What recurring training issues do you face and how are you addressing them?


“My first thought on training is we all need training. The industry has been around for a long time, so there are people that know everything there is to know about current equipment and back to the really old stuff. There are the ones who have just started a position and know nothing about anything and then all the people in the middle. Mix that with sales, service, parts, financing, accounting, product support and everything else and training gets to be a pretty broad issue.”

— Gene Saville, Lamb & Webster, Springville, N.Y.

“The biggest thing with AGCO training is that it’s all in Hesston, Kan. We have tried to get them to do more localized training with no success. It’s fairly expensive to send men to Hesston for 4 or 5 days. With time and the money we spend on hotels and meals, it costs upward of $3,000-$4,000. Not to mention it takes the techs away from the store for a week. We usually hold out until we get that nasty message telling us we need to go to training. It may not be right, but that’s how we cope with it.”

— Jeff Suchomski, Suchomski Equipment, Pickneyville, Ill.

“Agri-Service has always had a very aggressive program to keep salespeople current on new equipment. I don’t see any problem with it, other than scheduling time for training away from our busy selling time.”

— Carl Judy, Agri-Service, Nyssa, Ore.

“We struggle to find the time to get our technicians trained during the busy spring planting and fall harvest times. What has been a great help is Case IH’s training team being flexible enough to host classes at our corporate training center in Archbold, Ohio. They hold a number of trainings all over the U.S., but many of the tech schools are held in Racine, Wis. Allowing us to host the training at our corporate office saves between 6-10 employees from driving out to Racine and they are able to collaborate with employees from our 6 locations as well as additional Case IH dealer employees from the tri-state area that are able to join the schooling at our office.”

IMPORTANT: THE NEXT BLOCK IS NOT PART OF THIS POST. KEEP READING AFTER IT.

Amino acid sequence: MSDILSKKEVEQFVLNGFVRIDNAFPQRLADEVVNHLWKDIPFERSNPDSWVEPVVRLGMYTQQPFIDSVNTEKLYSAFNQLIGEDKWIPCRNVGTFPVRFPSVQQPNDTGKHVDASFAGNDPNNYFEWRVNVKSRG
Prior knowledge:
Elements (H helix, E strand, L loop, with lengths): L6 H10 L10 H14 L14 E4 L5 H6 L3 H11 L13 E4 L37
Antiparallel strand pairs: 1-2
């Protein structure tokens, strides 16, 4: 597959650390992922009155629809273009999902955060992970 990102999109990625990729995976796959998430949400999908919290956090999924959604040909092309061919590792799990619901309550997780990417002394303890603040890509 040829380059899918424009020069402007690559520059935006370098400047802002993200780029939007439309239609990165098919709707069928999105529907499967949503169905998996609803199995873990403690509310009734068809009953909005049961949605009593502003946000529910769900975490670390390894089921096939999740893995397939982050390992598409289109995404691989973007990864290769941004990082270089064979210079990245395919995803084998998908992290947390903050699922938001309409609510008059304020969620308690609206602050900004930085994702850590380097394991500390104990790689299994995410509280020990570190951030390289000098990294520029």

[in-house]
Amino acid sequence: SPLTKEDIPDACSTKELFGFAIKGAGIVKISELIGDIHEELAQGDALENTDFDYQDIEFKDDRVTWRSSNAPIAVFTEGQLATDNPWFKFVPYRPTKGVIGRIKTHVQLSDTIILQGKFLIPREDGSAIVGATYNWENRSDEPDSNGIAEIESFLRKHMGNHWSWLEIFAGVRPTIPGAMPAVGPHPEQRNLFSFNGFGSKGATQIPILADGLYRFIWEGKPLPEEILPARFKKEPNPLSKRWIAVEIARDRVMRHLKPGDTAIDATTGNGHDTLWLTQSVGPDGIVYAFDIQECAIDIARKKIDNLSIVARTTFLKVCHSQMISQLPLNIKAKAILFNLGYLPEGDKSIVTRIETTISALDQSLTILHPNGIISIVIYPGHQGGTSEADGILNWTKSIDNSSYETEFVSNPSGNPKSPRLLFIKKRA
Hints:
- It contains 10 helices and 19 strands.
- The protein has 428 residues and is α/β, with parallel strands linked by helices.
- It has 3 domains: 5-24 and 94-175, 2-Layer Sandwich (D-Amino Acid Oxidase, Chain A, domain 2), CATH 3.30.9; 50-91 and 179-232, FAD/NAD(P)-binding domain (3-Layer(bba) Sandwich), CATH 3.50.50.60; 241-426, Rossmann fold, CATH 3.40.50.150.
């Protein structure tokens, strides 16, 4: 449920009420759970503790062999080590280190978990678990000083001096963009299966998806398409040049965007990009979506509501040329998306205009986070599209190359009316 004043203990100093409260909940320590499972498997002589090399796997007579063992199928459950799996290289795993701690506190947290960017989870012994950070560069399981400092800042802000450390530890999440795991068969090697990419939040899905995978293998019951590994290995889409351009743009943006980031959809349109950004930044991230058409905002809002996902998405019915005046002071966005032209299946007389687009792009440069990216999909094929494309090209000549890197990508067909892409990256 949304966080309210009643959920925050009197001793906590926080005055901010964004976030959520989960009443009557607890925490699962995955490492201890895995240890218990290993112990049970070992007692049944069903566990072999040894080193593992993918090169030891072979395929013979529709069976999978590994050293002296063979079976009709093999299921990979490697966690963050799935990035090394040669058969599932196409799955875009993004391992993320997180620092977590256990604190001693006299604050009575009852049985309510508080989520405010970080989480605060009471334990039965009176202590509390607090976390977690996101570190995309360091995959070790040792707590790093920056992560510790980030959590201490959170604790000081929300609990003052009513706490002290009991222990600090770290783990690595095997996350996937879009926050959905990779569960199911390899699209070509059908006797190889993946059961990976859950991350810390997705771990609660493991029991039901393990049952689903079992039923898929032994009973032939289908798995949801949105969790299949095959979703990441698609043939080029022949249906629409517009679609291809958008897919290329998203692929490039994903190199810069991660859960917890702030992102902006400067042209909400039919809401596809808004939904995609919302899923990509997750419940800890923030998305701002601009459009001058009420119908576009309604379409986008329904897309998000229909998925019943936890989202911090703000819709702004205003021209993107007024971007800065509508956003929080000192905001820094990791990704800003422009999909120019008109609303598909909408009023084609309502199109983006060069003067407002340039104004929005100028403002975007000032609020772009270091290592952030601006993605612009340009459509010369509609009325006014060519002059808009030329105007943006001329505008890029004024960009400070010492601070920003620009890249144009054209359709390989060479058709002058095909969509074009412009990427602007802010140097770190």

— Jenae Lammers, Archbold Equipment, Archbold, Ohio

“Our employees have training on new products and are given constant refreshers on older material. My boss spends in excess of $60,000 per year on training. Our sales staff is completing a course that uses old school textbooks plus online training. We have different levels of sales training and we complete one level at a time. The agricultural sector is constantly changing and improving and we make sure that we are all up to date on the latest technology.”

— Donna Allen, Dan R Equipment, Kemptville, Ontario

“For the most part, training is not the issue. Finding competent technicians to train is the issue. We have been actively seeking a skilled technician for some time now, but it seems as though we are looking for a needle in a hay stack.”

— Jim Morse, Jim’s Equipment Repair, Campbell, N.Y.

“The biggest obstacle is finding time to send employees off to schools as we are busy throughout the year. Kubota is now offering ongoing training schools online to help alleviate this problem. Training is very important to us as it not only ensures the latest up-to-date techniques, but also determines our level status with both Stihl and Kubota.”

— Brandon Talaga, Armstrong Implements, Swift Current, Saskatchewan

“Too many training classes occur during harvest time and not enough are in Canada.”